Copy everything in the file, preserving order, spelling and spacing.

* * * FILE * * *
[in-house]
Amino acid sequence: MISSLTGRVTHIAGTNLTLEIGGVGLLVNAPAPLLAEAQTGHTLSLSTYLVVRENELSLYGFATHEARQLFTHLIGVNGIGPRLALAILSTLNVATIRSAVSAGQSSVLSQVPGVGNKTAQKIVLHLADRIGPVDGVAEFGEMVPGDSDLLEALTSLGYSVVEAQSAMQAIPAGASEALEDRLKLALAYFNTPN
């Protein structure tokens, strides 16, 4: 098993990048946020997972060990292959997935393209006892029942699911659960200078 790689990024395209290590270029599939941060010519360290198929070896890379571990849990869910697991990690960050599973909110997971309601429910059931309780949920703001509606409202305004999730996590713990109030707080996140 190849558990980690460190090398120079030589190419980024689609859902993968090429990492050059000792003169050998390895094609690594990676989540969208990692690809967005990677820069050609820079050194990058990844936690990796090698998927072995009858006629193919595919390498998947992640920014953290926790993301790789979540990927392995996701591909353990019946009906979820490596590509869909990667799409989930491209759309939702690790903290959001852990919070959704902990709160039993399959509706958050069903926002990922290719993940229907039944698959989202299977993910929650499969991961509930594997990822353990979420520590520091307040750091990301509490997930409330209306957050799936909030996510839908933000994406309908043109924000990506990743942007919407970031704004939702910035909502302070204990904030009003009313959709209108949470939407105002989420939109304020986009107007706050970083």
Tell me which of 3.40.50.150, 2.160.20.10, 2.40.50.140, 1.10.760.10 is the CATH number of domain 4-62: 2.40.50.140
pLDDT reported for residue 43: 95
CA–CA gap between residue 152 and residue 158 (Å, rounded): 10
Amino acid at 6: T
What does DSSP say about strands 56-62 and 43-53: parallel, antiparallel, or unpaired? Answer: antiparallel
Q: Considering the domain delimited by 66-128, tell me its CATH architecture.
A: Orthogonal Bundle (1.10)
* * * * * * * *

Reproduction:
[in-house]
Amino acid sequence: MISSLTGRVTHIAGTNLTLEIGGVGLLVNAPAPLLAEAQTGHTLSLSTYLVVRENELSLYGFATHEARQLFTHLIGVNGIGPRLALAILSTLNVATIRSAVSAGQSSVLSQVPGVGNKTAQKIVLHLADRIGPVDGVAEFGEMVPGDSDLLEALTSLGYSVVEAQSAMQAIPAGASEALEDRLKLALAYFNTPN
């Protein structure tokens, strides 16, 4: 098993990048946020997972060990292959997935393209006892029942699911659960200078 790689990024395209290590270029599939941060010519360290198929070896890379571990849990869910697991990690960050599973909110997971309601429910059931309780949920703001509606409202305004999730996590713990109030707080996140 190849558990980690460190090398120079030589190419980024689609859902993968090429990492050059000792003169050998390895094609690594990676989540969208990692690809967005990677820069050609820079050194990058990844936690990796090698998927072995009858006629193919595919390498998947992640920014953290926790993301790789979540990927392995996701591909353990019946009906979820490596590509869909990667799409989930491209759309939702690790903290959001852990919070959704902990709160039993399959509706958050069903926002990922290719993940229907039944698959989202299977993910929650499969991961509930594997990822353990979420520590520091307040750091990301509490997930409330209306957050799936909030996510839908933000994406309908043109924000990506990743942007919407970031704004939702910035909502302070204990904030009003009313959709209108949470939407105002989420939109304020986009107007706050970083």
Tell me which of 3.40.50.150, 2.160.20.10, 2.40.50.140, 1.10.760.10 is the CATH number of domain 4-62: 2.40.50.140
pLDDT reported for residue 43: 95
CA–CA gap between residue 152 and residue 158 (Å, rounded): 10
Amino acid at 6: T
What does DSSP say about strands 56-62 and 43-53: parallel, antiparallel, or unpaired? Answer: antiparallel
Q: Considering the domain delimited by 66-128, tell me its CATH architecture.
A: Orthogonal Bundle (1.10)